President Donald Trump’s proposed 1% across-the-board federal pay raise is an attempt to meet Congress “halfway” on the topic, as the administration also recommended more agency funding on employee performance rewards and bonuses.
A four-week continuing resolution funds agencies at current levels through Dec. 20 and secures a 3.1% military pay raise, but the measure doesn’t include a similar adjustment for civilian employees.
The Senate on Thursday cleared a seven-week continuing resolution through Nov. 21. The CR includes nearly $50 million more for the Office of Personnel Management, which faces a funding gap with the transfer.
A 3.1% federal pay raise is another step closer to reality, as the House passed the financial services and general appropriations bill with a 224-196 vote Wednesday afternoon. The bill would also throw up several roadblocks to the Trump administration’s proposed merger of the Office of Personnel Management with the General Services Administration.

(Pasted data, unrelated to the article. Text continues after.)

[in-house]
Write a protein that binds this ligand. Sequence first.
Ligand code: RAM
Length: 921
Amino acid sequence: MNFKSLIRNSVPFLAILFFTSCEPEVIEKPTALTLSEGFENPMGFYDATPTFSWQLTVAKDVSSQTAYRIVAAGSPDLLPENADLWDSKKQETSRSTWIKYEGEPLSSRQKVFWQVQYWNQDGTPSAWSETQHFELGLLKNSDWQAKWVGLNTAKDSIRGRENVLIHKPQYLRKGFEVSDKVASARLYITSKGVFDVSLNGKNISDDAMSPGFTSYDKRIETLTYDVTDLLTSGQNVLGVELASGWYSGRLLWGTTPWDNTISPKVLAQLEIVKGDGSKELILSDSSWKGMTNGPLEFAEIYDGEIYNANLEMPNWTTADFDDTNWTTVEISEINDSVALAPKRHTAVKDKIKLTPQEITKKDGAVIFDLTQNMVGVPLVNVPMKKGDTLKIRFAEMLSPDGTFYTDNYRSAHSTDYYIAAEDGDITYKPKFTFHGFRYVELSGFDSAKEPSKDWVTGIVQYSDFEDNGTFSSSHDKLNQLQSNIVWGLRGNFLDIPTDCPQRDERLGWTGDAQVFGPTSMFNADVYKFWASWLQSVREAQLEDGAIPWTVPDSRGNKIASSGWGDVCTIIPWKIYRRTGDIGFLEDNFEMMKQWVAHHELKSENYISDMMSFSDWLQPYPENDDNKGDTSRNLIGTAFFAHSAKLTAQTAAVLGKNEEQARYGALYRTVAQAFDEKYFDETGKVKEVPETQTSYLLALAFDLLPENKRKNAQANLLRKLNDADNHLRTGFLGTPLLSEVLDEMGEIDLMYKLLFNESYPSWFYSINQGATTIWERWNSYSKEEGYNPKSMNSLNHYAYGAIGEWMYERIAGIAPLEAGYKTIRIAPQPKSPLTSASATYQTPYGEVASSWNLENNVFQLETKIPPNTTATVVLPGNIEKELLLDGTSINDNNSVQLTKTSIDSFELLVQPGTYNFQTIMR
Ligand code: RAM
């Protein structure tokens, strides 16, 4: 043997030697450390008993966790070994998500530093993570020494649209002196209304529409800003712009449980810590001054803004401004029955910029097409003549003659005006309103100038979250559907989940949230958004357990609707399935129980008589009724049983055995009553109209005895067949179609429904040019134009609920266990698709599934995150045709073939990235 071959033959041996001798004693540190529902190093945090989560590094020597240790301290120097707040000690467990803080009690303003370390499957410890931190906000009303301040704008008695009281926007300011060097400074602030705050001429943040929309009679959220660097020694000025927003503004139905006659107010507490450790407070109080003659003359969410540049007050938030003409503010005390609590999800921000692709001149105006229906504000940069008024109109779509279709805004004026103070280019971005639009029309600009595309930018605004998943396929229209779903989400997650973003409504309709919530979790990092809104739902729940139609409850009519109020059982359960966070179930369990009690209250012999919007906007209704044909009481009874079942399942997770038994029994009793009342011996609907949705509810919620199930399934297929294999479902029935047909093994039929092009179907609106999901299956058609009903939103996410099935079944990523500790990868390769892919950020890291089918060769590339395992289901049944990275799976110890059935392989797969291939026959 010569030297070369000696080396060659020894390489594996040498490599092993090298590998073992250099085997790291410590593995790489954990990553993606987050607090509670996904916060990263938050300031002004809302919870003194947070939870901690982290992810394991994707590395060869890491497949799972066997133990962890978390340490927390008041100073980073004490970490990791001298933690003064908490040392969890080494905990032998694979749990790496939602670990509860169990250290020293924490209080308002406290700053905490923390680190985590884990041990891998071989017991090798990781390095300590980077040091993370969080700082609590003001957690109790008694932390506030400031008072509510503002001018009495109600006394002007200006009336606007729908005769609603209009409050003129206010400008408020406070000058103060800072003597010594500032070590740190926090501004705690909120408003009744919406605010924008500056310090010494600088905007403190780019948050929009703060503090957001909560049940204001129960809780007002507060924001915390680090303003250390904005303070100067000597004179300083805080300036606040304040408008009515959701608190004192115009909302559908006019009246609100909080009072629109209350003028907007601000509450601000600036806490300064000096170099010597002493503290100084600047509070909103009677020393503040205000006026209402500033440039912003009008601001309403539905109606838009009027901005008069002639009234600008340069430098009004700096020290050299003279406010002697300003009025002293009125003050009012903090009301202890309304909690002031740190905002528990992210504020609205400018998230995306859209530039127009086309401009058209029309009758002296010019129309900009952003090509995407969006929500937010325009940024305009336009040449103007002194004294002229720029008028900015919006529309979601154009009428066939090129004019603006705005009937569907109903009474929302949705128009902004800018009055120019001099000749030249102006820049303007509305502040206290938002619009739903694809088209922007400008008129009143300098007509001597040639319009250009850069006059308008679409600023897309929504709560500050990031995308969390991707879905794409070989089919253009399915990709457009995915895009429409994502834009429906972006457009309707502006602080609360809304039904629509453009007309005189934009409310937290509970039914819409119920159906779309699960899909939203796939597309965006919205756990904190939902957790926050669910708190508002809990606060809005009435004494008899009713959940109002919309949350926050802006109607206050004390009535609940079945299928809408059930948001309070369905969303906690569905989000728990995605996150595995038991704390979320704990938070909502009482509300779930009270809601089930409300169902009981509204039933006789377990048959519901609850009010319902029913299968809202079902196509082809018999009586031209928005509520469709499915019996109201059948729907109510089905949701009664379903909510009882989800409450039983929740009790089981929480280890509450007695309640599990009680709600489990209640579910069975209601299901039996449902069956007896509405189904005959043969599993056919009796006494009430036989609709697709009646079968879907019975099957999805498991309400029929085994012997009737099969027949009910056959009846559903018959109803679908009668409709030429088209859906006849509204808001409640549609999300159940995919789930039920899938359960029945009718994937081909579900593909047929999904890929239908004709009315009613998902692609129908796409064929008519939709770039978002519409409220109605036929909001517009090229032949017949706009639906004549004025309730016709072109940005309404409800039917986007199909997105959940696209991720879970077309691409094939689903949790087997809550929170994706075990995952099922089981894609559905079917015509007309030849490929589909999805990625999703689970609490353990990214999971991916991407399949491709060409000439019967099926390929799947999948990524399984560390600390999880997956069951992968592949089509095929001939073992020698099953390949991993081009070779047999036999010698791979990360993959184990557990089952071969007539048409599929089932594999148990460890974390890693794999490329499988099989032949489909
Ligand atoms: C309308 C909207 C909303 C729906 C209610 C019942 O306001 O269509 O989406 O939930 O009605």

Federal Managers Association President Renee Johnson and FMA Government and Public Affairs Director Greg Stanford join host Mike Causey on this week’s Your Turn to discuss what their organization is doing to help secure a 1.9 percent pay raise for white collar feds. September 26, 2018
With 43 days until the midterm elections and five days from the fiscal new year, a 1.9 percent pay raise for white collar feds is looking good.
The Trump administration is also suggesting policy changes to the federal hiring process, the requirements that govern the Senior Executive Service.
Members of Congress will not use the budget resolution process to make significant changes to the federal retirement system.
Renee Johnson, national president of the Federal Managers Association, says Jeff Tien Han Pon is a good choice to lead OPM.
President Donald Trump disbanded the National Council on Federal Labor-Management Relations, eliminating a formal advisory panel designed to create better relationships between agency management and labor.